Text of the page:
Introduction: How to Get Rid of Ants (Outdoor Version)

Picture of How to Get Rid of Ants (Outdoor Version)

This is a modified version of this link. I do not claim this as my original version, but this is how I made mine so I could put them outdoors where my ant problem is/was.

Safety Note! This is very important, so I ask that you please pay attention to this before performing this Instructable. Borax, while used in many things as a helpful additive is a very nasty poison. This instructable assumes that because you now know this you will conduct yourself accordingly. I did some research and have found that one spoonful of this stuff *will* kill you. Half a spoonful is enough to kill a child or small fuzzy animal. So I ask that you please be responsible while making this instructable and keep track of what else is eating it. If you make some Borax Jelly and eat all of it, I am not responsible. After all, the box tells you not to, and I've advised against it so you're on your own if you keep reading!

On a better note....

Update: Rained all day and jelly stayed where it should have! But I do not know if the solution was diluted or not. Will keep this updated as things go by.

Step 1: What You Will Need

Picture of What You Will Need

The materials for this project are easy to come by, and can be bought or obtained for free.

You will need:
1x Box of Borax
1x Jar of cheap Jam/Jelly/Preserves
1x Empty water bottle. (Mine was a 1litre water bottle)
1x Plastic Spoon
1x Hammer
1x Sharp knife or Scissors
4x Roofing Nails
4x Bottle caps

Safety stuff:
Goggles, chemical gloves, working gloves.

Step 2: Dispensers of Ant Death!

Picture of Dispensers of Ant Death!

For this step, you are going to be creating the ground anchor of the ant baits.

This part is simple, but can be frustrating if you don't get it quite right. What you are going to do is put the nails through the center of the bottle caps. Your finished product will vaguely resemble a wine glass.

First, place the bottle cap open side down on a hard surface. Using your hammer, gently hammer one nail into the center of the cap. When you have created a hole, rotate the nail in a circular fashion to slightly enlarge the hole. Remove the nail, and turn the cap over to insert the nail into the open side. Your ant bait device should resemble one of the pictures below.

Note: Some bottle caps are fragile and will crack rather than bend. Dont use these as they are frustrating.

Step 3: Create Borax Jelly Mixing Station.

I took the pictures after I made my disposable bowl. Basically, I used the bottom portion of a water bottle (rather than use a house bowl, or buy disposable ones! Yay Green!)

I'm sure you can figure out how to do this part, so I won't bore you with pictures and instructions. Just be careful if you're using a knife, and cut away from you!!

Step 4: Prepare the Ant Bait!

Picture of Prepare the Ant Bait!

For this, I followed the instructions off of this instructables *parent*, which said to create a 5% solution of jelly to borax.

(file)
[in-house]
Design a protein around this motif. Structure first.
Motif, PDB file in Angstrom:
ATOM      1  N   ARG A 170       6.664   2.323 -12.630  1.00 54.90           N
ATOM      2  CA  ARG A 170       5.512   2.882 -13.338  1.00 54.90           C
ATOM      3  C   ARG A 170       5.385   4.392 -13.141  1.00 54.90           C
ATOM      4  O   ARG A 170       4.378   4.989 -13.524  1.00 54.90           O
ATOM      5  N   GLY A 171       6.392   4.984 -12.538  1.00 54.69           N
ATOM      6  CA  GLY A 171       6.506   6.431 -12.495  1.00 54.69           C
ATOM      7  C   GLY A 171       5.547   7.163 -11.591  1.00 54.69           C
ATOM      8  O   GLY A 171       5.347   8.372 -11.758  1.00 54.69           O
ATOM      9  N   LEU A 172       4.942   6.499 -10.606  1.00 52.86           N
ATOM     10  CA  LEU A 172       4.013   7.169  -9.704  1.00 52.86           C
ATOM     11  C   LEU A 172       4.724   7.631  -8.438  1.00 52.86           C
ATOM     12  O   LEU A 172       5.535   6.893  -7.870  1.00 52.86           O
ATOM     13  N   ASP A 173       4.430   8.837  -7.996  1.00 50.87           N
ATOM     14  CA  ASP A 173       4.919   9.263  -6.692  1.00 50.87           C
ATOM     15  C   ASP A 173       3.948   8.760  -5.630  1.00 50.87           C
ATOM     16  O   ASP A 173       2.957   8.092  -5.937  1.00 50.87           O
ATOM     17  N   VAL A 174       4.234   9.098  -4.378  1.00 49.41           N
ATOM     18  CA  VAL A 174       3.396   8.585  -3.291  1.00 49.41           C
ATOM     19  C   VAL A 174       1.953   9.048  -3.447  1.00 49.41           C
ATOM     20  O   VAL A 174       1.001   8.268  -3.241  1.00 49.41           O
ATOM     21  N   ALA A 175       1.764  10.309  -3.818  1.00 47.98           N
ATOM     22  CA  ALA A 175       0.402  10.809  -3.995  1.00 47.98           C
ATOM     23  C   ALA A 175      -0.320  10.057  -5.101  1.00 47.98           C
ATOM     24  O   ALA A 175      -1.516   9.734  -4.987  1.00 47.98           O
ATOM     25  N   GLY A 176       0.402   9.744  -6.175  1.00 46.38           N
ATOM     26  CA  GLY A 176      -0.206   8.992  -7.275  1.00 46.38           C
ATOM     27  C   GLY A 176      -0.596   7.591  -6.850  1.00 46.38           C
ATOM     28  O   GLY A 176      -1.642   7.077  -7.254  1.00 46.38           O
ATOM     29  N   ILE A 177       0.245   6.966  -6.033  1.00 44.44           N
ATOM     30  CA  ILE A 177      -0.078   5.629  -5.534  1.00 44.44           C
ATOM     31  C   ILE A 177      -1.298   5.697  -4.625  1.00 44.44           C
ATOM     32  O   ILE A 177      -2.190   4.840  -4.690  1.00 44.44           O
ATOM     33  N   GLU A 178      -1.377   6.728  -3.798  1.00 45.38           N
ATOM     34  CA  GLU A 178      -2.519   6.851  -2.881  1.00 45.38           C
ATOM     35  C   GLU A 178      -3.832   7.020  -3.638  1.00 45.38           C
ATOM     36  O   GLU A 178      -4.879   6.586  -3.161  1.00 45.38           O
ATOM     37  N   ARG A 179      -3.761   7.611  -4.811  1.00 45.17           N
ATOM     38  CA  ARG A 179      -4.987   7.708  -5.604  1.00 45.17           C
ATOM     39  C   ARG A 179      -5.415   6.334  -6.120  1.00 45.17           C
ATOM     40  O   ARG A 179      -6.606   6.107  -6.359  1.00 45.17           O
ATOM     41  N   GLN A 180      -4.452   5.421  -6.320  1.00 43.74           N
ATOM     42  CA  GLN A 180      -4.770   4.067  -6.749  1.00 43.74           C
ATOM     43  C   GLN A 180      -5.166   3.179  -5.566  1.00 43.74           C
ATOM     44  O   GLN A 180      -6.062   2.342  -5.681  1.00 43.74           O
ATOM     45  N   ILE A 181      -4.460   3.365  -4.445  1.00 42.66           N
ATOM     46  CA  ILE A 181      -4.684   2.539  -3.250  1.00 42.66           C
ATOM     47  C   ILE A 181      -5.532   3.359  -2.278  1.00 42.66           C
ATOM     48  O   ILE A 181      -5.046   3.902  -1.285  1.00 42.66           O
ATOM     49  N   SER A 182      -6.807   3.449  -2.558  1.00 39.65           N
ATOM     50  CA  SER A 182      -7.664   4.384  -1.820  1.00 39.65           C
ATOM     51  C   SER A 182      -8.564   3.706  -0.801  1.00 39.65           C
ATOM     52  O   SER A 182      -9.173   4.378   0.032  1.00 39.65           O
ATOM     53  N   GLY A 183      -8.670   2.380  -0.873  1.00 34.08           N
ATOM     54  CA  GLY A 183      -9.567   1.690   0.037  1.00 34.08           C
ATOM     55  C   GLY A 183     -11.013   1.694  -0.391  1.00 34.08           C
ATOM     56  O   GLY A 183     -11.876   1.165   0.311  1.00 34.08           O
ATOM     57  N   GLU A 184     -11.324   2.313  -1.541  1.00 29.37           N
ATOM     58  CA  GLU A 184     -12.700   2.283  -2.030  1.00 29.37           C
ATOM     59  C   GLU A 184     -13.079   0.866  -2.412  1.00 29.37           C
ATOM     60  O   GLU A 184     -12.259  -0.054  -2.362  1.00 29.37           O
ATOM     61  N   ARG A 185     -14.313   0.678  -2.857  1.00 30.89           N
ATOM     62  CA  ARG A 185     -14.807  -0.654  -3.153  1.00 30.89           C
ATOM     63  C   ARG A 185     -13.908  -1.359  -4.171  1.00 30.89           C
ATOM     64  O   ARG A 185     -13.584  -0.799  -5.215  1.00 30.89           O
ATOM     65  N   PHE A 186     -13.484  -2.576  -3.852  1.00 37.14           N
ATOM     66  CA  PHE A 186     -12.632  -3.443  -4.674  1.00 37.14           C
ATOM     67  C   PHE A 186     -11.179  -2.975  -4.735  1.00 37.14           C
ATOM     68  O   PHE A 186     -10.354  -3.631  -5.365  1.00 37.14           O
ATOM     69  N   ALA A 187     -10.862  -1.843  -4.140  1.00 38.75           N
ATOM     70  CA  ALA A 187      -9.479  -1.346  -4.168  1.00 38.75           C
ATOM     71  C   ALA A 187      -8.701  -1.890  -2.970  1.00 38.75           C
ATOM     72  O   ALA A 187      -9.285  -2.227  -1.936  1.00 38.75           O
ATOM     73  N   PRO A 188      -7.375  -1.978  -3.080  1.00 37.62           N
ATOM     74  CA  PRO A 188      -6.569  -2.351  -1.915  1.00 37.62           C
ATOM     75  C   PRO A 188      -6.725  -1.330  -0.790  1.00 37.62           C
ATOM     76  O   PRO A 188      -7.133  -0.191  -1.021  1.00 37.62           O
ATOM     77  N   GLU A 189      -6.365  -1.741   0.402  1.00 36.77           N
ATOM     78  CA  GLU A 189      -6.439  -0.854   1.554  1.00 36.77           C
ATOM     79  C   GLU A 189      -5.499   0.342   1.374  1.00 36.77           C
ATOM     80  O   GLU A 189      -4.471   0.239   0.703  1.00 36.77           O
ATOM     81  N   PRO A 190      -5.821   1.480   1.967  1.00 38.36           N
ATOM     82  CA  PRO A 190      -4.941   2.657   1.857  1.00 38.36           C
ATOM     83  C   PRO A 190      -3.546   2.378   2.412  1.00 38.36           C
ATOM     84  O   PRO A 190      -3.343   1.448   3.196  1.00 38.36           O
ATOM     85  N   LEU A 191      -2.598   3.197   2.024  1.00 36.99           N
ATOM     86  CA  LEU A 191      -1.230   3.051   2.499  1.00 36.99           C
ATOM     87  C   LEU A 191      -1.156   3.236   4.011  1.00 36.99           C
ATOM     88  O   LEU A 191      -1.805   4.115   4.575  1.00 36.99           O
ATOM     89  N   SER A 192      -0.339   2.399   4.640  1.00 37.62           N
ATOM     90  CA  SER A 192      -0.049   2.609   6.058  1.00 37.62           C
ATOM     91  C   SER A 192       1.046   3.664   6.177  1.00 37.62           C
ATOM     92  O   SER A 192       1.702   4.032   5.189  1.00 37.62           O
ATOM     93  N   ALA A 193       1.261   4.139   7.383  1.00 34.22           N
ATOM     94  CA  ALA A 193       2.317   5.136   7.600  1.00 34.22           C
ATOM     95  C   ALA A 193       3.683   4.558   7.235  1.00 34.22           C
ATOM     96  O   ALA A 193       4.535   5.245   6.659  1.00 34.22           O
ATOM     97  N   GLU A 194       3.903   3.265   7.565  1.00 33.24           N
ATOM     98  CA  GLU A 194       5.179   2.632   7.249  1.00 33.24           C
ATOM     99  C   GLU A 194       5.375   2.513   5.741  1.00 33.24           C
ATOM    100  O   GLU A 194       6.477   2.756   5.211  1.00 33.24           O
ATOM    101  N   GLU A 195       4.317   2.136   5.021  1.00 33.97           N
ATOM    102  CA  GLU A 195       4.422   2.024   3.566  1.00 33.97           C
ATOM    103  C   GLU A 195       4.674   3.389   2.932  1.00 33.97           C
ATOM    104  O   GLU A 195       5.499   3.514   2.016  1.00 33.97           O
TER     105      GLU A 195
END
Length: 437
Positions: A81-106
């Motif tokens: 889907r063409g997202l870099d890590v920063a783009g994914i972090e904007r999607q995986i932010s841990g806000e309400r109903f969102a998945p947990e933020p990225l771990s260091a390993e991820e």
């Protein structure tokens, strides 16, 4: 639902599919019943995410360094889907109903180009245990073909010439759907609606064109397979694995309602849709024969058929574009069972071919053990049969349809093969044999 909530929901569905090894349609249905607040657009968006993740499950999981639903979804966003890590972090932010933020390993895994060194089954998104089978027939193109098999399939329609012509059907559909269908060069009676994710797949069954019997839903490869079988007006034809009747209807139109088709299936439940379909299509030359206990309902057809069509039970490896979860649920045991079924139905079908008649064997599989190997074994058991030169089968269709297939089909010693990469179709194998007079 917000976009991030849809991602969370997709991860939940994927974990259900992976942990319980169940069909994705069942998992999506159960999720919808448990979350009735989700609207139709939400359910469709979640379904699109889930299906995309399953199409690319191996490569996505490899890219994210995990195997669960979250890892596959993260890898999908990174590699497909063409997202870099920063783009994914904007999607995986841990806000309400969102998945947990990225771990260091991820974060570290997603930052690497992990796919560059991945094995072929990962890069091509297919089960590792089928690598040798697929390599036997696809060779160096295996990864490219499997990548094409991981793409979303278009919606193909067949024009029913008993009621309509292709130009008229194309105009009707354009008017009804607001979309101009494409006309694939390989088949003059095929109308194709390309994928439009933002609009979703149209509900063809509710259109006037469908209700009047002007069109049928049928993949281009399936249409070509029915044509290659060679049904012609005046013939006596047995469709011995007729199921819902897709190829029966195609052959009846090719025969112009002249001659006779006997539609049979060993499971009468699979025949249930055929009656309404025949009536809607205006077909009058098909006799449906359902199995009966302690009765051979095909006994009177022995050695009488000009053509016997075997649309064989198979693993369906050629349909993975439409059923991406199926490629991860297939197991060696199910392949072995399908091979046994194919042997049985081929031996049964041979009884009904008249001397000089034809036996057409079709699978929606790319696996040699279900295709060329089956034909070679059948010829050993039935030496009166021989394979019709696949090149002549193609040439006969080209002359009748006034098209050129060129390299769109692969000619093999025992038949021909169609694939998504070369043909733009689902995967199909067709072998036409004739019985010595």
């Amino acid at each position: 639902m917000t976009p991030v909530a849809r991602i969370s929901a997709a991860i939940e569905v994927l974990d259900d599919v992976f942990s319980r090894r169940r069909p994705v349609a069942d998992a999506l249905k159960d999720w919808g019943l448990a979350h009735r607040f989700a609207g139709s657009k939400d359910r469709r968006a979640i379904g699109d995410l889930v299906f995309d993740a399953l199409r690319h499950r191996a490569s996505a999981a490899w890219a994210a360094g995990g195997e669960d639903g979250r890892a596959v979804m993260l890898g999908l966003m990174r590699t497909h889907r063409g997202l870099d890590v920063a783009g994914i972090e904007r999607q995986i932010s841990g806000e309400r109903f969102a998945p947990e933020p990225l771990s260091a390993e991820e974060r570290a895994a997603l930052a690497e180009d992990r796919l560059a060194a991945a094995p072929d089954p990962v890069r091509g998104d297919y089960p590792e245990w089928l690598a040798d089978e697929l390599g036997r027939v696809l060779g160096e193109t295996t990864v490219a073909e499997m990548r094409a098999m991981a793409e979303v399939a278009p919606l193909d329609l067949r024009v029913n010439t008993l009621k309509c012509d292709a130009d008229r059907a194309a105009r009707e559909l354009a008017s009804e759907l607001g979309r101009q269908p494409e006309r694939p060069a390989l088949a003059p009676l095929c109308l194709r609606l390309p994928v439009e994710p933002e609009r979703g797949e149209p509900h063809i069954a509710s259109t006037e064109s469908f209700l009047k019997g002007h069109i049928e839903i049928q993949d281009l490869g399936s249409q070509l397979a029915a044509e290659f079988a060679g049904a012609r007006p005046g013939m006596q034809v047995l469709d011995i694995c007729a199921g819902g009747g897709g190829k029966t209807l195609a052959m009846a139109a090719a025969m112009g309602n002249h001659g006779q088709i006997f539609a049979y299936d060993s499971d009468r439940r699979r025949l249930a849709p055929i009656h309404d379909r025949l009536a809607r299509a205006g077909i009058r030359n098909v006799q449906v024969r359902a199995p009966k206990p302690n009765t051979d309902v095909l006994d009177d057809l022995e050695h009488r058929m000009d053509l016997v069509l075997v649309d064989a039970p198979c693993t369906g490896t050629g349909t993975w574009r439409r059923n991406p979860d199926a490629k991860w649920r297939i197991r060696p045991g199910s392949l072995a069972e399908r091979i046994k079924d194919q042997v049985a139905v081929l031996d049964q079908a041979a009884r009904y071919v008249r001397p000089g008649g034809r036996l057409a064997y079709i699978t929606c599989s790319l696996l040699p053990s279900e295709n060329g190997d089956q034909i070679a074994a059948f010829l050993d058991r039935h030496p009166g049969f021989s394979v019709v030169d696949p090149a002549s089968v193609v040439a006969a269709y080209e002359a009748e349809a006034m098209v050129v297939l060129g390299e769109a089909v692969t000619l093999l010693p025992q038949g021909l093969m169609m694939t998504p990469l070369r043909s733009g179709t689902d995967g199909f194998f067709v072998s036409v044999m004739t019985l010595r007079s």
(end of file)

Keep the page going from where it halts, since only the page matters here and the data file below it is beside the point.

"Safety! This is when you should put on your goggles and chem gloves!"

For me, 10 spoonfuls of jelly was too much, but I did it anyway to aid in simplicity. I then did about half a spoonful of borax and stirred it in very well.

Step 5: Fill and Deploy Ant Baits!

Picture of Fill and Deploy Ant Baits!

This is the easy part. Next, you need to take hold of one of your baits, and add a spoonful of 'Borax Jelly' to it slowly (you don't want this stuff on your hands/shirt). I found that gently rotating the bait holder while the jelly slid into it helped it even out.

For one of these pictures, there is a small hole in the workspace that I put the nail through to keep it in place while I took the picture. I didn't remove the nail! :)

When you have made your baits, venture into your yard and find the dwellings of your enemy and deploy your chemical warfare! (Hold the side of the bait, and push the nail into the ground. If your earth is tough, I used a small stick to hold the nail in the center and pushed.)

Update: These do survive huge winds! However, it rained for about 5 hours and I dont think the jelly solution survived. The jelly is still there though.

Update #2: These ants dont like strawberry jelly at all. So my next trick is some maple syrup mixed with Borax. I'll let you know how that does. If it's a major improvement I'll change this instructable up quite a bit!

Step 6: Waiting Time.

And now you get to wait. The first 24 hours you might not see much. If you did too much borax, you'll notice a bunch of dead ants at the jelly site, and none elsewhere. If that happens, make another batch with less borax.

If the wind or rain destroy my baits, I will let you know for sure. I have already thought of a way to keep the rain off of it should it become an issue.

Also, this is my first instructable. Please let me know what you thought of it. To the parent of the indoor version, I thank you for creating a simple way to get rid of these buggers!


james.l.stephens.33 (author)2015-05-06

if anyone is still reading this, here is a nice ant treat. we have brown and red fire ants and they seem to like peanut butter. i mix it with a little powdered boric acid (for the roaches) when i find them trying to get into the house. put near their trail and left undisturbed, they carry it off. first there are many and over the days fewer and fewer come to eat until all the ants or all the peanut butter is gone. for the sweet loving ants i use a little honey and get the same results.

This is an amazing idea! Thank you for providing your tip! I've actually got an ant problem again and need to give this a try.

results will be slow but steady, after a few days the numbers of ants visiting the bait will decrease noticeably. protect the baits from pets and children and refill as needed.

admin (author)2008-04-01

This is a great Instructable, but you need to add a main image of the final project to the intro step. Please do that and leave me a message when you have so that we can publish your work. Thanks!